Basic Infection Prevention Measures:
Our company promotes frequent and thorough hand washing, by providing workers, customers, and
worksite visitors with a place to wash their hands. If soap and running water are not immediately
available, provide alcohol-based hand rubs containing at least 60% alcohol.
Workers are instructed to stay at home if they are sick.
Telecommuting and flexible work hours will be put in place, to increase the physical distance among
employees and between employees and others if state and local health authorities recommend the use of social distancing strategies.
Workers should not be using other workers’ phones, desks, offices, or other work tools and equipment,
Maintain regular housekeeping practices, including routine cleaning and disinfecting of surfaces,
equipment, and other elements of the work environment. When choosing cleaning chemicals, the
employer will consult information on Environmental Protection Agency (EPA)-approved disinfectant labels with claims against emerging viral pathogens. Products with EPA-approved emerging viral pathogens claims are expected to be effective against SARS-CoV-2 based on data for harder to kill viruses. Follow the manufacturer’s instructions for use of all cleaning and disinfection products (e.g., concentration, application method and contact time, PPE).
Procedures for Prompt Identification and Isolation of Sick People:
Prompt identification and isolation of potentially infectious individuals is a critical step in protecting
workers, customers, visitors, and others at a worksite.
Employees should self-monitor for signs and symptoms of COVID-19. If the employee suspects possible
exposure, the employee should report to their supervisor that they are sick or experiencing symptoms of COVID-19.
An employee that shows systems of COVID-19 will be isolated until the potential sick employee can be
removed from the worksite.
Engineering controls involve isolating employees from work-related hazards. In workplaces where they
are appropriate, these types of controls reduce exposure to hazards without relying on worker behavior
and can be the most cost-effective solution to implement. Engineering controls for SARS-CoV-2 include:
- Installing high-efficiency air filters.
- Increasing ventilation rates in the work environment.
- Installing physical barriers, such as clear plastic sneeze guards.
- Installing a drive-through window for customer service.
- Specialized negative pressure ventilation in some settings, such as for aerosol-generating procedures (e.g., airborne infection isolation rooms in healthcare settings and specialized autopsy suites in mortuary settings).
Administrative controls require action by the worker or employer. Typically, administrative controls are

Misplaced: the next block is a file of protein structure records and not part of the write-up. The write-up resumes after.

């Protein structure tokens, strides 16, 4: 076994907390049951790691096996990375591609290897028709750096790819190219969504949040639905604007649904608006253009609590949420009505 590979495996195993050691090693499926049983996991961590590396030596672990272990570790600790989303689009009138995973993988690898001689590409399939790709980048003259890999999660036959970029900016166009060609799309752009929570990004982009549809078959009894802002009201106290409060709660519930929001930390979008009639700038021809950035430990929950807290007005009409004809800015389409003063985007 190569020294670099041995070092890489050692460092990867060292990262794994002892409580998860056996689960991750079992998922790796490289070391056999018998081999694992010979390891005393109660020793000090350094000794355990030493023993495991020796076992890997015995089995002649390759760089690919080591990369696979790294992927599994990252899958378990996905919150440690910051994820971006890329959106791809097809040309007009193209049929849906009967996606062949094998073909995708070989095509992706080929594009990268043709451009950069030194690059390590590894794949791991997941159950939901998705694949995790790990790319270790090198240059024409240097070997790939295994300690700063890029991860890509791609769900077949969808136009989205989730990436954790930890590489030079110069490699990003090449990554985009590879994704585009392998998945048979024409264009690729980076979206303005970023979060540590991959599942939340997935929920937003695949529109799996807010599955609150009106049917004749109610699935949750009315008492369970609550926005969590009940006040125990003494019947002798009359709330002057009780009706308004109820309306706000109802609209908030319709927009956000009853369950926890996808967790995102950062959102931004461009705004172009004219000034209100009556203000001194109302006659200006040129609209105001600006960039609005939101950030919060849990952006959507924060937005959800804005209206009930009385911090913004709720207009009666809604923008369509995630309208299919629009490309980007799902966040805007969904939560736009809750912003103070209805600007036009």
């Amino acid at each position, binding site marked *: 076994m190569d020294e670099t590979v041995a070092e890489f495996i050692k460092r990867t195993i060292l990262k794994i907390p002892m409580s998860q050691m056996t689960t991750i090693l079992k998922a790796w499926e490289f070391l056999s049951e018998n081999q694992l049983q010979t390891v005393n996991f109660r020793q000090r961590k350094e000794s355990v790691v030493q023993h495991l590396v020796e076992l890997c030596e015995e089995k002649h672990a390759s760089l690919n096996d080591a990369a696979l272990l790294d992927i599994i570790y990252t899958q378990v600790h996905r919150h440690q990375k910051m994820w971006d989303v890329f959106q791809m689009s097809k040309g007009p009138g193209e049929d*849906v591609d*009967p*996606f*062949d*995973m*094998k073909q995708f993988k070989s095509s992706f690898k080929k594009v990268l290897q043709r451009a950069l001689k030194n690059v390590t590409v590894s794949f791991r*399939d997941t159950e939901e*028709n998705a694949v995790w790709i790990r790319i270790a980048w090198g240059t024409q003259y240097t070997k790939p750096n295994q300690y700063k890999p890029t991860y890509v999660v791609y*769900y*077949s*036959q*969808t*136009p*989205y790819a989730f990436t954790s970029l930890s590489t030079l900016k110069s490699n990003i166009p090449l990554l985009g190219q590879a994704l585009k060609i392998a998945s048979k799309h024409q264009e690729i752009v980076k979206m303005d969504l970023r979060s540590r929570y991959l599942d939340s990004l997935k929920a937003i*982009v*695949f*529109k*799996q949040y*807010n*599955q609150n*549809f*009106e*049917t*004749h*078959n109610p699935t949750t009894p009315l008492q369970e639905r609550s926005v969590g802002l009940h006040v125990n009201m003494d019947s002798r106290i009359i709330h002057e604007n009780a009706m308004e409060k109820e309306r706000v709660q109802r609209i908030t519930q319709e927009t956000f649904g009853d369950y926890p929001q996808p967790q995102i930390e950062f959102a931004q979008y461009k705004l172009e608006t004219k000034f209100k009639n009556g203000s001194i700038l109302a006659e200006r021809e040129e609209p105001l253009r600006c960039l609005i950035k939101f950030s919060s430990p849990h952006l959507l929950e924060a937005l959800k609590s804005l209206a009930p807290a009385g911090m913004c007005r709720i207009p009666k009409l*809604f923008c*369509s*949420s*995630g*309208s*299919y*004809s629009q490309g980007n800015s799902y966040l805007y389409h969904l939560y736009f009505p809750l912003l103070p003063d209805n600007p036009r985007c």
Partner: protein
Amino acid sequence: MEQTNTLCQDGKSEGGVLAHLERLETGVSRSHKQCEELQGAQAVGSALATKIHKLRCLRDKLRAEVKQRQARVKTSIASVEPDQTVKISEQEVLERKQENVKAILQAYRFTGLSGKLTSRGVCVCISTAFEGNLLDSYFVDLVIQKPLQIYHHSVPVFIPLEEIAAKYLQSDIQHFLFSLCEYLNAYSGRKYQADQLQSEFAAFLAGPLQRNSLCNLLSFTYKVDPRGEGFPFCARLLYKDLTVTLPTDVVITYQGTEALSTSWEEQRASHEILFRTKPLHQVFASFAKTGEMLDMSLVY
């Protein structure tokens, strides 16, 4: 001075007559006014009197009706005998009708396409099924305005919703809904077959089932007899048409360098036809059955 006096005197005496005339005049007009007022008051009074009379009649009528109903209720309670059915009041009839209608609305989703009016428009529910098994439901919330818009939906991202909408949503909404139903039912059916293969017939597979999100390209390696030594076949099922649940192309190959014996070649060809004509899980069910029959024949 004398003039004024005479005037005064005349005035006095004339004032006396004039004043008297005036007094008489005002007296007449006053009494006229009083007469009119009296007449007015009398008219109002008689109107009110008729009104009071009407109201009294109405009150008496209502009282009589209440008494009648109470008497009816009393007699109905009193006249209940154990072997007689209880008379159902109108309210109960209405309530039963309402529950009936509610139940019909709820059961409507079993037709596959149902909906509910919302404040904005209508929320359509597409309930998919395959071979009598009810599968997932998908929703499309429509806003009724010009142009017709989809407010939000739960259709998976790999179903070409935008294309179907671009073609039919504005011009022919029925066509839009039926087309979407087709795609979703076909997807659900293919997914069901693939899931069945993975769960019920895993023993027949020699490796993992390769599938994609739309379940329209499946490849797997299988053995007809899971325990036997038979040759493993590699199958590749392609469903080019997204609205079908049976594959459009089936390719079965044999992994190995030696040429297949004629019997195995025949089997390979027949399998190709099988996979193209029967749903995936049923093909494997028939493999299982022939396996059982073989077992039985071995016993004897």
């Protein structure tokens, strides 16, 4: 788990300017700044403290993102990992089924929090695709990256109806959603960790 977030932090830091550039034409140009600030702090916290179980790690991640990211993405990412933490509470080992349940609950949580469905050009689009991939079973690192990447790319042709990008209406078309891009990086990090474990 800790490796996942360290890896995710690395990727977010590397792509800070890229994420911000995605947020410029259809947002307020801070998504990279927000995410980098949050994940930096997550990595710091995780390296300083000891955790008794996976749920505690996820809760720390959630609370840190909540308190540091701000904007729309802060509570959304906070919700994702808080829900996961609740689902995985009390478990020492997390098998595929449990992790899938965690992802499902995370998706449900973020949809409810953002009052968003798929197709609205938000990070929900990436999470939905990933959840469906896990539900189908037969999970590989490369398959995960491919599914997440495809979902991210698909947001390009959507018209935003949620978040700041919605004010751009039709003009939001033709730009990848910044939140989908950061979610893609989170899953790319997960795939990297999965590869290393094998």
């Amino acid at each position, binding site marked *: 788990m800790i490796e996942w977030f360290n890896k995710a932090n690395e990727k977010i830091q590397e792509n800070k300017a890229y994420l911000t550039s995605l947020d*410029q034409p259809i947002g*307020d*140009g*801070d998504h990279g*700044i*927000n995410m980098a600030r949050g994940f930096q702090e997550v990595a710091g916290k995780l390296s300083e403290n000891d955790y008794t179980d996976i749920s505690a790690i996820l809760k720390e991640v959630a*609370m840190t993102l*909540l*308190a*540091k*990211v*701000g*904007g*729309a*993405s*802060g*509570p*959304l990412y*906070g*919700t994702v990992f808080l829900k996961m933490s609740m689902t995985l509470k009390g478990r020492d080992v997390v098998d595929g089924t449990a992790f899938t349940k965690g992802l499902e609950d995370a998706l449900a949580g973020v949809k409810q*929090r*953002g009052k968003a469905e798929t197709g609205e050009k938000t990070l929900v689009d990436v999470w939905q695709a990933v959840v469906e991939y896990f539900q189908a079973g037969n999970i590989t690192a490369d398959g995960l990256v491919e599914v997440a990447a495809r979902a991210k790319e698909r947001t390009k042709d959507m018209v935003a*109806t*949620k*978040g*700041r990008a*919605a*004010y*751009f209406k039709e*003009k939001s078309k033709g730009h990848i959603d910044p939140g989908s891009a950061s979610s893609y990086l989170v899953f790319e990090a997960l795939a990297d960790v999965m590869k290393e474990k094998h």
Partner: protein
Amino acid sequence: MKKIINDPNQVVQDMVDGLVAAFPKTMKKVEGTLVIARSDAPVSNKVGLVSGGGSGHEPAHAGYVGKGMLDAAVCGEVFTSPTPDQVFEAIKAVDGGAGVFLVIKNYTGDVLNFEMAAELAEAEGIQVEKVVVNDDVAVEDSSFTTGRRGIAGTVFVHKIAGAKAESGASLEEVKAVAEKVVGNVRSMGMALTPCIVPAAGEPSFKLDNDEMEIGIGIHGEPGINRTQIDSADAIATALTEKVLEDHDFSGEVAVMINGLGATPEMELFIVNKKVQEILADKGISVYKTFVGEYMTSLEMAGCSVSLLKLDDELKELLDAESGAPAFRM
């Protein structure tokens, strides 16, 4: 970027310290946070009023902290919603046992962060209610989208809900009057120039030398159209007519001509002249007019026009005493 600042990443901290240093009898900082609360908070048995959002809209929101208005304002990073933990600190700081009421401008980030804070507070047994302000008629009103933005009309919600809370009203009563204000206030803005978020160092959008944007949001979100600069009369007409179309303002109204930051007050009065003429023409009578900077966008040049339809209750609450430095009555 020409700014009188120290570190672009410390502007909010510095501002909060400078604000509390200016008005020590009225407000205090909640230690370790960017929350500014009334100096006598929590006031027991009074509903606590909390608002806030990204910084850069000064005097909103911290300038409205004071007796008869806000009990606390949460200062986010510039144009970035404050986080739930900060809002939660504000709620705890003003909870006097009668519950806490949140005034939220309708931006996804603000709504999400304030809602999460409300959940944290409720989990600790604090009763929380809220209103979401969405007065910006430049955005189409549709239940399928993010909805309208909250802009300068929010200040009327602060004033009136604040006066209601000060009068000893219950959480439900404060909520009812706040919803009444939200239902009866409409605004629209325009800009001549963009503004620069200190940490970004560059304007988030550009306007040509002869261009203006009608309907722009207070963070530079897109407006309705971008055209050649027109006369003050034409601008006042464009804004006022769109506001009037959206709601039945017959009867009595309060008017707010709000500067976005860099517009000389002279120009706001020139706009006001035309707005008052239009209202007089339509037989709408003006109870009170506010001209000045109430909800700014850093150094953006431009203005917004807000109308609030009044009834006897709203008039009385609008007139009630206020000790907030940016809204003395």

changes in work policy or procedures to reduce or minimize exposure to a hazard. Administrative
controls for SARS-CoV-2 include:
- Encouraging sick workers to stay at home.
- Minimizing contact among workers, clients, and customers by replacing face-to-face meetings with virtual communications and implementing telework if feasible.
- Establishing alternating days or extra shifts that reduce the total number of employees in a facility at a given time, allowing them to maintain distance from one another while maintaining a full onsite work week.
- Discontinuing nonessential travel to locations with ongoing COVID-19 outbreaks. Regularly check CDC travel warning levels at: www.cdc.gov/coronavirus/2019-ncov/travelers.
- Developing emergency communications plans, including a forum for answering workers’ concerns and internet-based communications, if feasible.
- Providing workers with up-to-date education and training on COVID-19 risk factors and protective behaviors (e.g., cough etiquette and care of PPE).
- Training workers who need to use protecting clothing and equipment how to put it on, use/wear it, and take it off correctly, including in the context of their current and potential duties. Training material should be easy to understand and available in the appropriate language and literacy level for all workers.
Safe work practices are types of administrative controls that include procedures for safe and proper work used to reduce the duration, frequency, or intensity of exposure to a hazard. Safe work practices for SARS-CoV-2 include:
- Providing resources and a work environment that promotes personal hygiene. For example, provide tissues, no-touch trash cans, hand soap, alcohol-based hand rubs containing at least 60 percent alcohol, disinfectants, and disposable towels for workers to clean their work surfaces.
- Requiring regular hand washing or using alcohol-based hand rubs. Workers should always wash hands when they are visibly soiled and after removing any PPE.
- Post handwashing signs in restrooms.